Church administrators today
Wed, 14 Apr 2010 - 3:13 PM CST
A growing trend in the Assemblies of God
SEVERAL YEARS ago a group of Assemblies of God pastors and church business administrators began meeting at seminars to exchange ideas. A network has developed in our Fellowship for the purpose of exchanging information and staying abreast of change. This article will share some of the things going on in the field of church administration and the issues that affect churches of all sizes.
A myriad of technical articles could be written on the operation of churches and parachurch ministries, but some underlying principles can guide us beyond the rules.
What does this mean? Simply let others see what you are doing. We tend to stretch the boundaries a little if no one will see.
The Bible is clear: what is done in secret will someday be looked at openly. We tend to think of a public display of our actions in fight of eternity, but it may happen in our lifetime. Justifying our actions, regardless of how far off base they may be, is human nature. Hence each of us needs someone to evaluate his thoughts and actions and then speak the truth in love.
During my years at Capital Christian Center in Sacramento, California, a friend and I agreed to bring to each other’s attention any situation that could potentially lead to our downfall. I learned that once a situation is brought to light, the darkness in it seems to disappear. While this is a simple principle, its effects are profound.
To whom do you choose to be accountable? Every situation differs, but there are some rules to follow.
For your personal life and marriage there should be someone or a couple with whom you can have a no-holds-barred conversation–someone you can trust with your life.
For your ministry you should have godly counselors who will fairly, prayerfully, and uncompromisingly deal with situations that arise. The church board members often serve well here, for they carry a trusted responsibility. They should be free to vote according to their consciences, even when it may be contrary to your desires.
In a recent sermon, Southern California College President Wayne Kraiss gave 10 danger signals which point to an erosion of integrity:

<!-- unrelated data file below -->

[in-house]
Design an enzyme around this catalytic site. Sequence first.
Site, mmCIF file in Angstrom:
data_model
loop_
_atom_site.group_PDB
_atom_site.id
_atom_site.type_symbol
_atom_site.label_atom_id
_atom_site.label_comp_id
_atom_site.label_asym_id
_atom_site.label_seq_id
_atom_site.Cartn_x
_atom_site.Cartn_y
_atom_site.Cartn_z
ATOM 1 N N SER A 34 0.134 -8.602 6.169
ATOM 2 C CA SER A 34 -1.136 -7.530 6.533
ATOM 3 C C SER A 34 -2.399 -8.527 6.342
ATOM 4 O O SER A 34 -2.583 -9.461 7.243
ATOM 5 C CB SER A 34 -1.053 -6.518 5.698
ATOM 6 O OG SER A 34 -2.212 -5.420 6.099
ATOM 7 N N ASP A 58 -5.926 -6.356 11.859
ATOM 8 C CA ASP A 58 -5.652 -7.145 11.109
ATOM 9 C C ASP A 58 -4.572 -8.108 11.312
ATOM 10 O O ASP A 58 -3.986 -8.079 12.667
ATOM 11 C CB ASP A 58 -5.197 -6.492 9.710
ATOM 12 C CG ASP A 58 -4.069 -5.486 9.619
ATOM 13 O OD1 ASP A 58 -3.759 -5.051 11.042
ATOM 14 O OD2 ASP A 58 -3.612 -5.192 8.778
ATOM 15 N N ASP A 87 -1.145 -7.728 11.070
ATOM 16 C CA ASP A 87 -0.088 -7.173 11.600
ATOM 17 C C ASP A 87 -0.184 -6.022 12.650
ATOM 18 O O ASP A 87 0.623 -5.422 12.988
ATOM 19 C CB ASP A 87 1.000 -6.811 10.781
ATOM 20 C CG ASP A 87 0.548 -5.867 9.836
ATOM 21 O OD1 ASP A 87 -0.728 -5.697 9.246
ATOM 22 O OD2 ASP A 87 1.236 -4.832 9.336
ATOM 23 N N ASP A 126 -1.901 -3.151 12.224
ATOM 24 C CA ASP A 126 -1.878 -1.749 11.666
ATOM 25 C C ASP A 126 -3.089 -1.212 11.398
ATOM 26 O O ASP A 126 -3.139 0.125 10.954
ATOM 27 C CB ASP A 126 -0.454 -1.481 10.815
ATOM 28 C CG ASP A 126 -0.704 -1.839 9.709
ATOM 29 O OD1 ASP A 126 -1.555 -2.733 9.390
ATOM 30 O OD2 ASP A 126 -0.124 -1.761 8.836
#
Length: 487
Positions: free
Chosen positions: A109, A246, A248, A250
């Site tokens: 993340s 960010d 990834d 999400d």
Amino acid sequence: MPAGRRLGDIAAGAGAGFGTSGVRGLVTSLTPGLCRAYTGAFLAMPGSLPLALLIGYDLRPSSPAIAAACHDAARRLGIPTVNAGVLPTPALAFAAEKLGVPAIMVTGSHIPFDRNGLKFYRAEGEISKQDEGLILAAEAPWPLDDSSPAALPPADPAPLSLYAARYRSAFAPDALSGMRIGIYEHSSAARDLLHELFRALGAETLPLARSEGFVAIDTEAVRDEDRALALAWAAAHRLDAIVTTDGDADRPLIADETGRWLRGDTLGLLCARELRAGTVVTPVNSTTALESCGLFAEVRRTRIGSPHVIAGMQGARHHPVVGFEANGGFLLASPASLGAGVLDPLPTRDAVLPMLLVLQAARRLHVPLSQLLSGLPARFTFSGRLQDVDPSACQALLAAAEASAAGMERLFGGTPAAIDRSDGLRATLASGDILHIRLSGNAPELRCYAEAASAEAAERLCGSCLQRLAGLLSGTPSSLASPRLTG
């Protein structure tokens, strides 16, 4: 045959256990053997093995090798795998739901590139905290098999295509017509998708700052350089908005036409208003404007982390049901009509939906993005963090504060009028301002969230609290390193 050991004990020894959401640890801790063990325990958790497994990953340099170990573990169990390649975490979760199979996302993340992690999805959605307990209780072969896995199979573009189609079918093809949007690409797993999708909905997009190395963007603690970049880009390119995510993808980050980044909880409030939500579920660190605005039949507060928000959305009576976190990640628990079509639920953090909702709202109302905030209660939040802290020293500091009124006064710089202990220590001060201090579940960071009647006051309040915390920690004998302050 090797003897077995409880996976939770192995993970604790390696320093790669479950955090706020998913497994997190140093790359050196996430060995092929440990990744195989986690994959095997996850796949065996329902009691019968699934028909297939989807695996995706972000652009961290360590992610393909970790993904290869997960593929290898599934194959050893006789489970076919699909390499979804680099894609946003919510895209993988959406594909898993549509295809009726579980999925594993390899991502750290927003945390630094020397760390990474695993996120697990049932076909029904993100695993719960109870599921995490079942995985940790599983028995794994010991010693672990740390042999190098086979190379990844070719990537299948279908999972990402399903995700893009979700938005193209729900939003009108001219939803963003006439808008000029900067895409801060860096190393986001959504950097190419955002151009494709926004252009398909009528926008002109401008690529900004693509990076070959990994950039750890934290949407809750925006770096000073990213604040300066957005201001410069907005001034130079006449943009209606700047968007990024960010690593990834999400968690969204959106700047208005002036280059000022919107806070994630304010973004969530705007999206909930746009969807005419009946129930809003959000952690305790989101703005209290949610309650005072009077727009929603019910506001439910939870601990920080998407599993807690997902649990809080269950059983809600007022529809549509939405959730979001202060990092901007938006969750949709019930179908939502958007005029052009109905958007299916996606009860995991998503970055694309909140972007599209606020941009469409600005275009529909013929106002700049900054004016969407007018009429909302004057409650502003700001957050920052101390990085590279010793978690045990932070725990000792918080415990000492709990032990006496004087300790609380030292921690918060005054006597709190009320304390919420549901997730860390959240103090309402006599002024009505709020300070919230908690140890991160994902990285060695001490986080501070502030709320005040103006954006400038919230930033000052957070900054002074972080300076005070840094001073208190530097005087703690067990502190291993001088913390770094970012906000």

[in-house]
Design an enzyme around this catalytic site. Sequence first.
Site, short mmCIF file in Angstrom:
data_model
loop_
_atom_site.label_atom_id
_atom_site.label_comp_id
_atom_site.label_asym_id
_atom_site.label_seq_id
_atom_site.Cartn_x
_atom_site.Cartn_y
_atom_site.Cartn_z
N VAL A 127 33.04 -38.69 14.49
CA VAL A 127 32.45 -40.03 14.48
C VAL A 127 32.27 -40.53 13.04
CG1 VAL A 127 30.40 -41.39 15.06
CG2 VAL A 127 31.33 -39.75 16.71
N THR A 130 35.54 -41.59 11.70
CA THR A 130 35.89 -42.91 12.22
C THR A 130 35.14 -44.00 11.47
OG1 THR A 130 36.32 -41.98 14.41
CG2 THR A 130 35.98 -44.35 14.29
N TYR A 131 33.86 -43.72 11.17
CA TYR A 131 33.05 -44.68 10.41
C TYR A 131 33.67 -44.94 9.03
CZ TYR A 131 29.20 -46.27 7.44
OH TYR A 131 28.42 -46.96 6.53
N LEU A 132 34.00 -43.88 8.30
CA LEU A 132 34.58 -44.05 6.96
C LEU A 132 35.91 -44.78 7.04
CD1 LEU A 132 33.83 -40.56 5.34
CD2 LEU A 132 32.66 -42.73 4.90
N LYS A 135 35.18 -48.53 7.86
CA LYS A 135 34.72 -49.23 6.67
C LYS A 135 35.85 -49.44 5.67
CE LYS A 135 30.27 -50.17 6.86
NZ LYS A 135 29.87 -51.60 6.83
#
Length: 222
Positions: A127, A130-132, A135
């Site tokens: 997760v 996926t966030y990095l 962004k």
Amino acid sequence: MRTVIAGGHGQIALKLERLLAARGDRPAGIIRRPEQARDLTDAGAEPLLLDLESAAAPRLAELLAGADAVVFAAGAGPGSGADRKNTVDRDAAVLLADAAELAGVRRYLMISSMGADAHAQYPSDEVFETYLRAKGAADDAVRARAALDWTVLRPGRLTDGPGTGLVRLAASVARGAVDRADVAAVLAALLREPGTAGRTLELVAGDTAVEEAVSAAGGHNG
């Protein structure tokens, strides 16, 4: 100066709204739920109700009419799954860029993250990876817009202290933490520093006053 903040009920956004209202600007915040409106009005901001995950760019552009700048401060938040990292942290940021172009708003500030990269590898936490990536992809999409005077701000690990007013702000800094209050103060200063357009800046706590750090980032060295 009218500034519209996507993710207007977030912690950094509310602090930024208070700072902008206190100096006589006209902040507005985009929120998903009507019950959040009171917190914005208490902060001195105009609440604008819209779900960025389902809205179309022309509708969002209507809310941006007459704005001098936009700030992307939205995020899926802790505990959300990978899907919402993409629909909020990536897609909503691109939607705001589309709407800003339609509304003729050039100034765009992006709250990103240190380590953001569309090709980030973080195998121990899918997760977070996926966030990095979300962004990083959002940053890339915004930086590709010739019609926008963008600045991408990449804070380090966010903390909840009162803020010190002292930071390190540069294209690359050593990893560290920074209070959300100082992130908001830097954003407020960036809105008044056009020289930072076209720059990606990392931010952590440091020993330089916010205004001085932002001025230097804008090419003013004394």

1. The Scriptures are becoming more a source for sermon and teaching material than self-examination.
2. My view of my own importance and/or accomplishments is not tempered by appreciation for the achievements of others; hence I become an ever-enlarging part of my shrinking world.
3. I spend considerable time trying to put the best face on my activity.
4. My life and preaching are becoming more issue-oriented than Christ-centered. These issues may represent areas in which I am personally struggling.
5. I have no support group or covenant group of peers with whom I can be vulnerable and who love me enough to hold me accountable for personal failures–who will objectively criticize my motives.
6. I am becoming distant from my spouse, peers, board, and family.
7. I am experiencing a growing sense of frustration over some areas in my personal life (financial, marital, spiritual, sexual). I am vulnerable to inappropriate opportunities which promise satisfaction.
8. I am not as quick or as concerned about correcting an exaggerated positive impression of myself as I am a negative one.
9. Most of my goals are materialistic, financial, or focused on enhancing my reputation in contrast to goals for spiritual and personal growth.
10. The environment I have created around myself intimidates others and provides an illusion of power. Thus I do not benefit from the objective feedback which others could provide.
There is no excuse for being ignorant of how to run a sound operation. A host of newsletters, seminars, and organizations stand ready to educate simply for the asking.